Effects of different ratios of monounsaturated and polyunsaturated fatty acids to saturated fatty acids on regulating body fat deposition in hamsters

Fang Hsuean Liao, Tsan Hon Liou, Ming-Che Hsieh, Yi Wen Chien

研究成果: 雜誌貢獻文章

14 引文 斯高帕斯(Scopus)

摘要

Objective: Effects of monounsaturated fatty acid (MUFA) and polyunsaturated fatty acid consumption on regulating body fat accumulation and body weight gain are controversial between animal and human studies. Methods: We designed a 2 × 2 factorial study, with two levels of MUFAs (60% and 30%) and two levels of polyunsaturated-to-saturated fatty acid (P/S) ratio (5 and 3) to prepare four kinds of experimental oils consisting of 60% MUFAs with a high or low P/S ratio (HMHR or HMLR, respectively) or 30% MUFAs with a high or low P/S ratio (LMHR or LMLR, respectively). Thirty-two male golden Syrian hamsters were randomly divided into four groups and fed the experimental diets containing 15% (w/w) fat for 12 wk. Results: No difference was observed in the mean daily food intake. Hamsters fed the LMLR diet had increased weight gain, epididymal and retroperitoneal white adipose tissues, plasma non-esterified fatty acids, insulin, hepatic acetyl coenzyme A carboxylase and malic enzyme activities, and mRNA expressions of peroxisome proliferator-activated receptor-α and sterol regulatory element-binding protein-1c among all groups (P <0.05). Hamsters fed the HMHR diet had lower plasma insulin levels and hepatic acetyl coenzyme A carboxylase activities among groups (P <0.05) and elevated hepatic acyl coenzyme A oxidase and carnitine palmitoyltransferase-I activities compared with those fed the LMLR diet (P <0.05). Conclusion: Hamsters fed the LMLR diet had increased weight gain and body fat accumulation, whereas the HMHR diet appeared to be beneficial in preventing white adipose tissue accumulation by decreasing plasma insulin levels and increasing hepatic lipolytic enzyme activities involved in β-oxidation.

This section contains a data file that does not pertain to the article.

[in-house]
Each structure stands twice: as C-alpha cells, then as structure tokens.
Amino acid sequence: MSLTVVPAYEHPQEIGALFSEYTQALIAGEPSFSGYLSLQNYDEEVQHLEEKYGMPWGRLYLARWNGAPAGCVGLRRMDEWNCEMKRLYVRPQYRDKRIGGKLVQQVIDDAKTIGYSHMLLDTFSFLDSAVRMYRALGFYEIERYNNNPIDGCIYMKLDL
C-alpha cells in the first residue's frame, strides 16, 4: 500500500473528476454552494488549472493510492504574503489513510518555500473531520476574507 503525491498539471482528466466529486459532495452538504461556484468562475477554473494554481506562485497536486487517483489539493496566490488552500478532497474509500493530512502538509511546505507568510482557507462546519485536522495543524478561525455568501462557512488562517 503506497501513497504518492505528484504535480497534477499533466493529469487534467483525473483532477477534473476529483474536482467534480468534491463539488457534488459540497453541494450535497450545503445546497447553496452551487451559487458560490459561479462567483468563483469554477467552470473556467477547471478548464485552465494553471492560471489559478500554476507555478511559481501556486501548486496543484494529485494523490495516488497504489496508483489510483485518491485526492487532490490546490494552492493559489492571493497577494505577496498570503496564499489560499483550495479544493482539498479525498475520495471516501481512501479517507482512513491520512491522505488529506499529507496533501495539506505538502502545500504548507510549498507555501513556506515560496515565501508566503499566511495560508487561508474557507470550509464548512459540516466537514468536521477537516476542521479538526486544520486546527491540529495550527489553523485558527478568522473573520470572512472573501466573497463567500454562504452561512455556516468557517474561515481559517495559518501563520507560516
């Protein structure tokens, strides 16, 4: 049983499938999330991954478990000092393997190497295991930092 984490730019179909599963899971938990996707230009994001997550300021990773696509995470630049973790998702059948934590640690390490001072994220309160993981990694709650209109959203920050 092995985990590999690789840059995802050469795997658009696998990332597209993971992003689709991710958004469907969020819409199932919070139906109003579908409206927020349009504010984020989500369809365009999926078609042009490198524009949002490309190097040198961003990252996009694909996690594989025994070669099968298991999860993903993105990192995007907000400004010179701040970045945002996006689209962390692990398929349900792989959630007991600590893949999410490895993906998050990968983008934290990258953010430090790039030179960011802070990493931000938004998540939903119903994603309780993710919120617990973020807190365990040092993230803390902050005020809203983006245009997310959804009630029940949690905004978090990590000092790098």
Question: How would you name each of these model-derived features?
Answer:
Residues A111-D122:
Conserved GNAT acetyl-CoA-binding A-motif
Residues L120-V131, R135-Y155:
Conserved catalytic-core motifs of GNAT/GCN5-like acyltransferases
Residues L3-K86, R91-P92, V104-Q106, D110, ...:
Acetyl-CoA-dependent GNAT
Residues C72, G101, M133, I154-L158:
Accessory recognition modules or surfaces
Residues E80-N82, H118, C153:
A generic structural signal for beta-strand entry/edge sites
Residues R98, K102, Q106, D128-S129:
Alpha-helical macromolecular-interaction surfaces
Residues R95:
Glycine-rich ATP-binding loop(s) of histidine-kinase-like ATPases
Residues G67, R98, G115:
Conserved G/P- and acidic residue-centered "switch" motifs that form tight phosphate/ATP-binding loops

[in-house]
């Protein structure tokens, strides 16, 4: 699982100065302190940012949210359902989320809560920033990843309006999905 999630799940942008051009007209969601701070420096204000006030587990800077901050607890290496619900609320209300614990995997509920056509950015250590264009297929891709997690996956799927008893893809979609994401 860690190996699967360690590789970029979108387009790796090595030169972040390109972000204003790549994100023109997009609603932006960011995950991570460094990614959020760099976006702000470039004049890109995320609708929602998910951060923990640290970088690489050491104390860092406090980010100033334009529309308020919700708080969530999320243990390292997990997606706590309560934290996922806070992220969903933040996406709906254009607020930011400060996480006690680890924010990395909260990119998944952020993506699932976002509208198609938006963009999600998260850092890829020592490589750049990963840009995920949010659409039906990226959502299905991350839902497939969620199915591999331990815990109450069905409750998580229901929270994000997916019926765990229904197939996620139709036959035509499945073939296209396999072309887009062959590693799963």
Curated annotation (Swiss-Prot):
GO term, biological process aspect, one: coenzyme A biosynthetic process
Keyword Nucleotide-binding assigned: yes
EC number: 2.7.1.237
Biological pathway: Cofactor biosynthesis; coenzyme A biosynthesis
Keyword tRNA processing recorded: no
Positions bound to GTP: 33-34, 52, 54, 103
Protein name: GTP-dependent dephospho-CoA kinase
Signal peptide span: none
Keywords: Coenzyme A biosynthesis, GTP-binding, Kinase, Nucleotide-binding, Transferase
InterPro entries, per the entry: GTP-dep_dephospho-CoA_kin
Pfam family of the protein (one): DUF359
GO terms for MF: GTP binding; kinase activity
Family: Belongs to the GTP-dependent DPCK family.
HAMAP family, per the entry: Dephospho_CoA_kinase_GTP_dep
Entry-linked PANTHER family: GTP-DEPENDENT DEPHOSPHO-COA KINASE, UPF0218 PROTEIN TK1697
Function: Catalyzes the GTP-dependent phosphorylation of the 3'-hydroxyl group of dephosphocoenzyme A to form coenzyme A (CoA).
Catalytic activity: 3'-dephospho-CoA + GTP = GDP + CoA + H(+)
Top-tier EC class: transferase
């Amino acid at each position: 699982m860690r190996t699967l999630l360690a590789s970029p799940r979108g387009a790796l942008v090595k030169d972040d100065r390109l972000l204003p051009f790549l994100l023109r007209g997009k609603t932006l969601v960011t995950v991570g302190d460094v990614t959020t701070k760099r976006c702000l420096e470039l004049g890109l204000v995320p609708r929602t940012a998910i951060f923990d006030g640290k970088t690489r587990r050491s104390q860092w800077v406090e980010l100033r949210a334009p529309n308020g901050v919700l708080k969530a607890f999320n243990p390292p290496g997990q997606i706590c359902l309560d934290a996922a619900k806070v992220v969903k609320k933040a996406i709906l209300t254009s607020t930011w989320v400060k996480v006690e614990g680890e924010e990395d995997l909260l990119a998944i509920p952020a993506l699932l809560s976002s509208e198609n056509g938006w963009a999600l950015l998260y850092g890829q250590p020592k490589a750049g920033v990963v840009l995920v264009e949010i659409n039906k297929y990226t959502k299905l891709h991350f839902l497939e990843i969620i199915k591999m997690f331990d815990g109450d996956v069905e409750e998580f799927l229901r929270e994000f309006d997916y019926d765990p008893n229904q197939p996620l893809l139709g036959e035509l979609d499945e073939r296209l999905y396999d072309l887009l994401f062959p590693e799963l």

原文英語
頁(從 - 到)811-817
頁數7
期刊Nutrition
26
發行號7-8
DOIs
出版狀態已發佈 - 七月 2010

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ASJC Scopus subject areas

  • Endocrinology, Diabetes and Metabolism
  • Nutrition and Dietetics

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